The grain of wheat which has to fall to the ground and die refers not only to Jesus but also to us who believe in him. Self is sacrificed for the greater good. Sacrifice for the followers of Jesus need not necessarily mean that all must endure a premature and cruel death. It can refer just as much to the willingness to forego the gloss of the present age in order to live upright lives as Christ-focussed examples to others. The sacrifice Jesus referred to in verse 25 is a willingness to love others ahead of self, to seek the common good, to proclaim the Christ who died, is risen and has ascended in glory, to a world that prefers to ignore this call to faithfulness and to Godly living.

Hating life in this world is not a reference to a desire for self-pity or self-harm. The contrast of extremes, love and hate, emphasises the seriousness with which Jesus regards his summons to us to follow him. The obedience he calls for is not to be lukewarm, dependent on our whims and on whether we continue to feel comfortable while doing what he requires of us. Total obedience requires the servant to be wherever Jesus happens to be, hanging on a cross or rejoicing in the Father’s presence.

Are you willing to be that grain of wheat, capable of bringing forth a crop but only if you yourself no longer remain in the mould of this world?

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Peace which transcends all understanding

Epistle to the Philippians 4: 4-9 (NIV)

Rejoice in the Lord always. I will say it again: Rejoice! Let your gentleness be evident to all. The Lord is near. Do not be anxious about anything, but in everything, by prayer and petition, with thanksgiving, present your requests to God. And the peace of God, which transcends all understanding, will guard your hearts and your minds in Christ Jesus.
Finally, brothers and sisters, whatever is true, whatever is noble, whatever is right, whatever is pure, whatever is lovely, whatever is admirable-if anything is excellent or praiseworthy-think about such things. Whatever you have learned or received or heard from me, or seen in me-put it into practice. And the God of peace will be with you.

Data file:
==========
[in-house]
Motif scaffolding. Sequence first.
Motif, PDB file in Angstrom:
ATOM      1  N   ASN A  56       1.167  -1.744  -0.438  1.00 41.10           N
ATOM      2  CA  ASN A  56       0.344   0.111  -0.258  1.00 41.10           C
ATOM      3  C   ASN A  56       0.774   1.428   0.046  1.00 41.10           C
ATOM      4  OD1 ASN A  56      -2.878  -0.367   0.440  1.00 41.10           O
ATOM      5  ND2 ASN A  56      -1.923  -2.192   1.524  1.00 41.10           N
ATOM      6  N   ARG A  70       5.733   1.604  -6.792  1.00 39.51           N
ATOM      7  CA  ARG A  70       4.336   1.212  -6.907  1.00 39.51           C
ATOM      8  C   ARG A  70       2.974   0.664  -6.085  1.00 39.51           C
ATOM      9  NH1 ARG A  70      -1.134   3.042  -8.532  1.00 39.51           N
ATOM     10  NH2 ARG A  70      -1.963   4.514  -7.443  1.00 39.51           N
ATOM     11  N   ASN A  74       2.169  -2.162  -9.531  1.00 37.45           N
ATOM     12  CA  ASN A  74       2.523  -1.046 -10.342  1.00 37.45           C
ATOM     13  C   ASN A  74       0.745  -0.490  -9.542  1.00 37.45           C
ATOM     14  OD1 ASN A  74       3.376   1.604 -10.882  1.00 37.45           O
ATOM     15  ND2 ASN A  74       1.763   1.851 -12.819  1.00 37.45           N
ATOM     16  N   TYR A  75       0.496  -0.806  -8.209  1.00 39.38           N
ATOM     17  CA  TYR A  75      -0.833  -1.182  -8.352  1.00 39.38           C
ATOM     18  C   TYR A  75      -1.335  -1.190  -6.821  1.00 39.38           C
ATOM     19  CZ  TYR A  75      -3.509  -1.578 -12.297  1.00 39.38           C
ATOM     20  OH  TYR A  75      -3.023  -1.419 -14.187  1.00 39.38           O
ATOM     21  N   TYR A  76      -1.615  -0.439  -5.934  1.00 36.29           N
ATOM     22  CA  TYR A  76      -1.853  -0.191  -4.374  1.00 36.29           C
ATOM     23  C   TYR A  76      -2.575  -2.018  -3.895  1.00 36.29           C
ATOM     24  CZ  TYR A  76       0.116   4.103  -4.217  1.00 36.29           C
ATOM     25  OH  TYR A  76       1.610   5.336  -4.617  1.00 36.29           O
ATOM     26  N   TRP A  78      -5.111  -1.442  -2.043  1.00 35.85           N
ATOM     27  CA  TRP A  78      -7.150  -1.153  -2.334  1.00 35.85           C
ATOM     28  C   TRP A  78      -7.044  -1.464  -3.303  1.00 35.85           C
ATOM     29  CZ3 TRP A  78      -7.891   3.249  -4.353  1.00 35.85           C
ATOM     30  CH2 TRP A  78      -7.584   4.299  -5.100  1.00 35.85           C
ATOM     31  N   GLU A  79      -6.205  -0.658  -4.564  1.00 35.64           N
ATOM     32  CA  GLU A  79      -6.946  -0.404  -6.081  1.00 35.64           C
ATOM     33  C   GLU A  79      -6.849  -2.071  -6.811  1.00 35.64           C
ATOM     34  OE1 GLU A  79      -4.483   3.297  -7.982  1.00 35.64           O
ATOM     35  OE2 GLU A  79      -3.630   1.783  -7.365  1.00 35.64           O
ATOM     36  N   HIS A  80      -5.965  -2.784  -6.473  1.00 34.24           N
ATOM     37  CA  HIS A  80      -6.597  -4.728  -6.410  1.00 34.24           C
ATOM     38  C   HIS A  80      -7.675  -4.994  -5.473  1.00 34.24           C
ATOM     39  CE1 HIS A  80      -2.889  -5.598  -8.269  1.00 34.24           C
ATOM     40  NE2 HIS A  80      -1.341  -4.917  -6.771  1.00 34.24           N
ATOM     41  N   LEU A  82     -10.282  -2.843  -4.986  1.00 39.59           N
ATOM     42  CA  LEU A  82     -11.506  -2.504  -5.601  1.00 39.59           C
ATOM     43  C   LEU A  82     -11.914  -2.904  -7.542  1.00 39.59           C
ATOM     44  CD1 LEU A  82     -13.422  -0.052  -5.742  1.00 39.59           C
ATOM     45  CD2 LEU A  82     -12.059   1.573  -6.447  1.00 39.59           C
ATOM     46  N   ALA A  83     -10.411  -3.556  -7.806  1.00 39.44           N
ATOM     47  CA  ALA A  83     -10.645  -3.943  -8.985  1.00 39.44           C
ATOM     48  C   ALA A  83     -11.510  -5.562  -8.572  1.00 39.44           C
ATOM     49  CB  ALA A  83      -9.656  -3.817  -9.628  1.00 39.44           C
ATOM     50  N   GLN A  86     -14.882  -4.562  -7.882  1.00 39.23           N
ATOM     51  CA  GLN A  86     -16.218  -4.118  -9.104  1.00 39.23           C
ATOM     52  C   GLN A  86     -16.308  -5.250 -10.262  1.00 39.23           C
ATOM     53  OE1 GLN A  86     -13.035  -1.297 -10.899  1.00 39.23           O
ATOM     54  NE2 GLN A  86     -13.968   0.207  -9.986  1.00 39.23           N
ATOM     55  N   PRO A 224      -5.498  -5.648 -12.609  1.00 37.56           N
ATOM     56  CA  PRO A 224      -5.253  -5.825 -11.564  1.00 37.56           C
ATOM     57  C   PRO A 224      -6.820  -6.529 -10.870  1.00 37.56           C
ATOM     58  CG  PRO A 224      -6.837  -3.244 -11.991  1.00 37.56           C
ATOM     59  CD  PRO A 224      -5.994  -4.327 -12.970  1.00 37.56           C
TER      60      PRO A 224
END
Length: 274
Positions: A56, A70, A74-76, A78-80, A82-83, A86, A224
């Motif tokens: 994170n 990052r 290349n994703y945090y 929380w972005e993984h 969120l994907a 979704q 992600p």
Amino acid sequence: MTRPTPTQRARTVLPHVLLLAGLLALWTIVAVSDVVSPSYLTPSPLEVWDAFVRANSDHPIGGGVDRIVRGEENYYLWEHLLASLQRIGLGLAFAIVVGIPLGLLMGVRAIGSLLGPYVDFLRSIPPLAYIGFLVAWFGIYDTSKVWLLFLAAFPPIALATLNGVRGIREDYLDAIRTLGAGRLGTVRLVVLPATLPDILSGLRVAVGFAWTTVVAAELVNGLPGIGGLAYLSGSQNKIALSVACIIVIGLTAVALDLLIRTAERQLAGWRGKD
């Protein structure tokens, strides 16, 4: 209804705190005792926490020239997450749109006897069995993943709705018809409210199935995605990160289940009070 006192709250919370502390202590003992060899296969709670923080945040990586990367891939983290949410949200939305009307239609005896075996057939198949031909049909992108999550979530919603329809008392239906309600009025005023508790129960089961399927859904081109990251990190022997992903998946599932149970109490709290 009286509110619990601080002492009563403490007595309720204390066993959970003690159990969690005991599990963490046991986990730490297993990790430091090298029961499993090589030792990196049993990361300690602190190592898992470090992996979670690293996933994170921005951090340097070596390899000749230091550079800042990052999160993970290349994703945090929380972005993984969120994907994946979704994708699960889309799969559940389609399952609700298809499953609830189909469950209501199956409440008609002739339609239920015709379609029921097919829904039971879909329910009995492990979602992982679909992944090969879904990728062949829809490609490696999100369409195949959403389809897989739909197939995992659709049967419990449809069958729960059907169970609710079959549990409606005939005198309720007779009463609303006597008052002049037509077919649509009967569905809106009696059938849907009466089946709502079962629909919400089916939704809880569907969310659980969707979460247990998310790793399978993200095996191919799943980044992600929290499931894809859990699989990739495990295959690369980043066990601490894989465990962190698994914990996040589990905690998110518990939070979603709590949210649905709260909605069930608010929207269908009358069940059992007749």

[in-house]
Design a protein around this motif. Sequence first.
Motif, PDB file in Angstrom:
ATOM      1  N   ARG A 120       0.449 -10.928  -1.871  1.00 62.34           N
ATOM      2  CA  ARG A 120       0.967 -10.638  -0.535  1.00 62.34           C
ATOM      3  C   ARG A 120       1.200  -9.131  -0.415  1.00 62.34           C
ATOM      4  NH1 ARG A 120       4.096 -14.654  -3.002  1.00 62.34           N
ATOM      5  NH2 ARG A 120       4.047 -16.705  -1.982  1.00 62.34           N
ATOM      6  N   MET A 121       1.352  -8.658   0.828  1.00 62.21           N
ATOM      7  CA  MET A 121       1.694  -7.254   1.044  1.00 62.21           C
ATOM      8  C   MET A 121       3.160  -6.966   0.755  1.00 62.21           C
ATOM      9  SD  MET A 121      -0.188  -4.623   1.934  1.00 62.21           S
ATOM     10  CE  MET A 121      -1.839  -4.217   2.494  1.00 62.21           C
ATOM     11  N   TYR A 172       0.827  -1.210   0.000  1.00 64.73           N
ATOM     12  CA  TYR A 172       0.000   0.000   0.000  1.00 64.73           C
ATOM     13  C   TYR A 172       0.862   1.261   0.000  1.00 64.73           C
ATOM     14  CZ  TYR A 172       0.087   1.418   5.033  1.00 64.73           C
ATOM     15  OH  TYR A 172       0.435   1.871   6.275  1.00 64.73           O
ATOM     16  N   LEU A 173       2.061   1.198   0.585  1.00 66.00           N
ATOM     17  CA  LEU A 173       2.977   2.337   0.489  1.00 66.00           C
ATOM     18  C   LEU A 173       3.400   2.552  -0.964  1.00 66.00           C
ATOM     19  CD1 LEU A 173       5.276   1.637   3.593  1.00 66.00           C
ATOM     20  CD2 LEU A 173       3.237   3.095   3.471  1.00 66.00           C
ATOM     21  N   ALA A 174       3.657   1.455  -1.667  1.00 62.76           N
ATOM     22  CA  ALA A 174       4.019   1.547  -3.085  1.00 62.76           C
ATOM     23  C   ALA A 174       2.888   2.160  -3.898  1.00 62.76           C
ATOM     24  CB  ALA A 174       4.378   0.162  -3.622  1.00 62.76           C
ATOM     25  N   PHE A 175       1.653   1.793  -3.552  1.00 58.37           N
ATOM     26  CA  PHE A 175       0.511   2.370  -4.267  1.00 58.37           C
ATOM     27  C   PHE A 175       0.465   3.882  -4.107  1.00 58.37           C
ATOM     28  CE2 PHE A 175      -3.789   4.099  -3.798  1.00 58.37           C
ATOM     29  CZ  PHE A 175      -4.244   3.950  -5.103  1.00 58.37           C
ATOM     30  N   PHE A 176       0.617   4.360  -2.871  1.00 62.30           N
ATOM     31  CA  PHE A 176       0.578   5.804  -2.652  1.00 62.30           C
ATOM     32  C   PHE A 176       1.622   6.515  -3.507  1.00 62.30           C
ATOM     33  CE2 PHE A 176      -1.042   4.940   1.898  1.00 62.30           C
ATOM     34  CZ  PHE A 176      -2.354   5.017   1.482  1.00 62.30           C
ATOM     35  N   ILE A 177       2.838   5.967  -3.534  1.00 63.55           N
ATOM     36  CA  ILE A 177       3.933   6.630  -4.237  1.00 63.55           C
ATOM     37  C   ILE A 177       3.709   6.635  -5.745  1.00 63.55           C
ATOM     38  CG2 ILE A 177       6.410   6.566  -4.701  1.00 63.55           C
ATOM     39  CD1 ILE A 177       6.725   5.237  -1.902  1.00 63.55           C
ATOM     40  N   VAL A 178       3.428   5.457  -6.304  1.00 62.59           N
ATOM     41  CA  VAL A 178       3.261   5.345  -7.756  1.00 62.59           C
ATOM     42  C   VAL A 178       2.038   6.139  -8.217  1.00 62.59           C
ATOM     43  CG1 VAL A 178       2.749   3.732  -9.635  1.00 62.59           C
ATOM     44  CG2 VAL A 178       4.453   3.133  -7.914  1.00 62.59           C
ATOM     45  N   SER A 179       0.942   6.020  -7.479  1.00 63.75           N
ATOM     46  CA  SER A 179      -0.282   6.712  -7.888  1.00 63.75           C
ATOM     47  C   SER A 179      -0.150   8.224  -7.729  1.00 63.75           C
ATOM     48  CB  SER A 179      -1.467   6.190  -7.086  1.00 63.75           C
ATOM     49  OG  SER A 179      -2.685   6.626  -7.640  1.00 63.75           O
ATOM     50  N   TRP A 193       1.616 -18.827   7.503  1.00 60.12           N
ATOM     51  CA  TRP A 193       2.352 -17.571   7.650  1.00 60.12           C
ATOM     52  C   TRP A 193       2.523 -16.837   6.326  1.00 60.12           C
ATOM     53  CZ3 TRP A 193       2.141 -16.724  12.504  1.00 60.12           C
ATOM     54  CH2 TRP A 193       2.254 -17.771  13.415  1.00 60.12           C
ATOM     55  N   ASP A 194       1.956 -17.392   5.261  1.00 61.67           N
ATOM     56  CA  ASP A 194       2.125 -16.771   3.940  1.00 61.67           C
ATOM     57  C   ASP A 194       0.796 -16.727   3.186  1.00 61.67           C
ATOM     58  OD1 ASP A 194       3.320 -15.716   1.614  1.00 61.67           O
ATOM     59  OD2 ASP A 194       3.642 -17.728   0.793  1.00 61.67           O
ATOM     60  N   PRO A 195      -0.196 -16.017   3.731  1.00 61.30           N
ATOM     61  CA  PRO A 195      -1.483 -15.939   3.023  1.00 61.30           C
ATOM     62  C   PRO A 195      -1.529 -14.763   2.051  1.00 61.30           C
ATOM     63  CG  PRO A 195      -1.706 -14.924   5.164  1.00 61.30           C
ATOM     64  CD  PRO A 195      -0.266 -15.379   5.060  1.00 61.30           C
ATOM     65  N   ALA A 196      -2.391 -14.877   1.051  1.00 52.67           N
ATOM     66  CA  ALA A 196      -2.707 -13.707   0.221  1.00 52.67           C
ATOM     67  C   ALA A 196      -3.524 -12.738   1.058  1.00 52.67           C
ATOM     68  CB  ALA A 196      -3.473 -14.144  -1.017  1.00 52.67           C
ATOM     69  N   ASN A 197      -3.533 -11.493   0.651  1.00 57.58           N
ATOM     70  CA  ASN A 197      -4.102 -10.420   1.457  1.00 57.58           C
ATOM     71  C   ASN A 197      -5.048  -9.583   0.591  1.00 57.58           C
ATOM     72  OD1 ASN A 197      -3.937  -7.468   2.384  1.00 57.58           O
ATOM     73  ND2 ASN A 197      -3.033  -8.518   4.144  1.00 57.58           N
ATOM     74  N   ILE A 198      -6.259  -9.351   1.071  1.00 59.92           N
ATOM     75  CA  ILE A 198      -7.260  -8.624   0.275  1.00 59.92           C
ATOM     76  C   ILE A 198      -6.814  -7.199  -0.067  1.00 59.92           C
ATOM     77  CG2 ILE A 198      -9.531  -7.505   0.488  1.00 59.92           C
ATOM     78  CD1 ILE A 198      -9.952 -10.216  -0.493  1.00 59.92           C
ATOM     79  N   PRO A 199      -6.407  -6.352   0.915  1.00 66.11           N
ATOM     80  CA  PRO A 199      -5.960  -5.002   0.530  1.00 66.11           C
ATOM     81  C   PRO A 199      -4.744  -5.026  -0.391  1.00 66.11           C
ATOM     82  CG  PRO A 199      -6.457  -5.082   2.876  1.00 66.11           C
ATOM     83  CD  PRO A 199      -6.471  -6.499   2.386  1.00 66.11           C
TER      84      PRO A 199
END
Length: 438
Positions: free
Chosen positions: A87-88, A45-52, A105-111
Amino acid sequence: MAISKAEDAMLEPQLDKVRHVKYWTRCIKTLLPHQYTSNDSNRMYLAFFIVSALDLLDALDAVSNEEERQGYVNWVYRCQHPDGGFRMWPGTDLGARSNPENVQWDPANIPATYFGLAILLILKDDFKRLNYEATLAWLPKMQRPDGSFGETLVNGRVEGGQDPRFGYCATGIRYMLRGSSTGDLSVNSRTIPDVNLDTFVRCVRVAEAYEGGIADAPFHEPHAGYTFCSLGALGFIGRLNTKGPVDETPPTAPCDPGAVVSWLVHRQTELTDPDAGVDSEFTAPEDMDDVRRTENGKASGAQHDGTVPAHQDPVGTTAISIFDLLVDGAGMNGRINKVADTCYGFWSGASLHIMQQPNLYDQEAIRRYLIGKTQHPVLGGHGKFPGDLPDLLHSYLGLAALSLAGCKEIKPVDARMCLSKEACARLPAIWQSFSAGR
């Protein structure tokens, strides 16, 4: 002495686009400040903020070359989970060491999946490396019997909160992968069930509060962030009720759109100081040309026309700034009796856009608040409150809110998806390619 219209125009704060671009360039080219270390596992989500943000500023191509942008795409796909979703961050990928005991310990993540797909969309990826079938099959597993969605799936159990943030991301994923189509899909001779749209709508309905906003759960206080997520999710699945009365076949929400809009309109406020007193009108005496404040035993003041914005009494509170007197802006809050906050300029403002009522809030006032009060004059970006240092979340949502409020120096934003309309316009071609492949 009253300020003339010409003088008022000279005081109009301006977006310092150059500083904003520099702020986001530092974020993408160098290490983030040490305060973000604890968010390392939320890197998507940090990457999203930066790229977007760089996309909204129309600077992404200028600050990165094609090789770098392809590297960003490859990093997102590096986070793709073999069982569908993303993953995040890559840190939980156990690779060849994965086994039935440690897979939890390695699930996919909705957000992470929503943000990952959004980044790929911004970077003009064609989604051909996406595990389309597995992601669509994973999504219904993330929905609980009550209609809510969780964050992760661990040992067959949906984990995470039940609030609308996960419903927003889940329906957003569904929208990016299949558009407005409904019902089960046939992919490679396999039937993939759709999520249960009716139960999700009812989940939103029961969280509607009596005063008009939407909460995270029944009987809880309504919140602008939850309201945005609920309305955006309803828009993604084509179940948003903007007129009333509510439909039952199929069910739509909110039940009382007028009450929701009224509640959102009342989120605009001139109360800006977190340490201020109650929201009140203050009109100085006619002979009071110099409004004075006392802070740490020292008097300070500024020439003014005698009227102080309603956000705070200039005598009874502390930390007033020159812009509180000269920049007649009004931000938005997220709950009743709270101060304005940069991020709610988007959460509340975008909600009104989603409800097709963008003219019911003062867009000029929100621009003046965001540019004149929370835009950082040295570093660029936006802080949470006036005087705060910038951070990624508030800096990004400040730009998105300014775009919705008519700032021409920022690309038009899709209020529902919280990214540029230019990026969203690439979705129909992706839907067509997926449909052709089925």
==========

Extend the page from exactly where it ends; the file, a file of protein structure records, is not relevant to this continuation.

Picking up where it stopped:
In the context of the proximity of the Lord’s return (“The Lord is near”, verse 5b) the Apostle Paul instructed members of the church in Philippi how they were to conduct themselves. His points are as valid today for disciples of Christ:

  • Rejoice in the Lord always. This requires conscious effort. We are to be joyful in our Christian hope, demonstrating in thought, word and deed our joyous hope despite the stresses and disappointments of this damaged world.
  • Do not be anxious about anything! Putting aside anxiety requires conscious effort too. We are to look beyond immediate concerns and those sources of continuing anxiety to the promise of eternity with God. If we truly trust Jesus to be Lord of all and if we allow God to be God and to exercise oversight over the matters beyond our control – and even those within our control – we can be less intimidated by what seems likely otherwise to terrify us.
  • As we surrender concerns to God in prayer, he allows his peace to descend on us. That peace, if you have it, will guard your heart and mind. If you know that peace, you will know why Paul has called it a peace which transcends all understanding.
  • Paul then urged the Philippians, and us, how to direct our minds. We are to think about things such as these: whatever is true, whatever is noble, whatever is right, whatever is pure, whatever is lovely, whatever is admirable and whatever is excellent or praiseworthy.
  • Paul knew that what occupies our minds will then determine our actions. He had already commanded that the gentleness of those who love Jesus is to be evident to all. Everything he taught or commanded is to be put into practice.

For members of the church of God on earth, awaiting the return of Jesus in glory, we know how we are to think and how we are to act. For, as Paul said, “The Lord is near.”

  • Rejoice always. Let your gentleness be evident to all people you encounter.
  • Do not be anxious but pray and petition God with thanksgiving.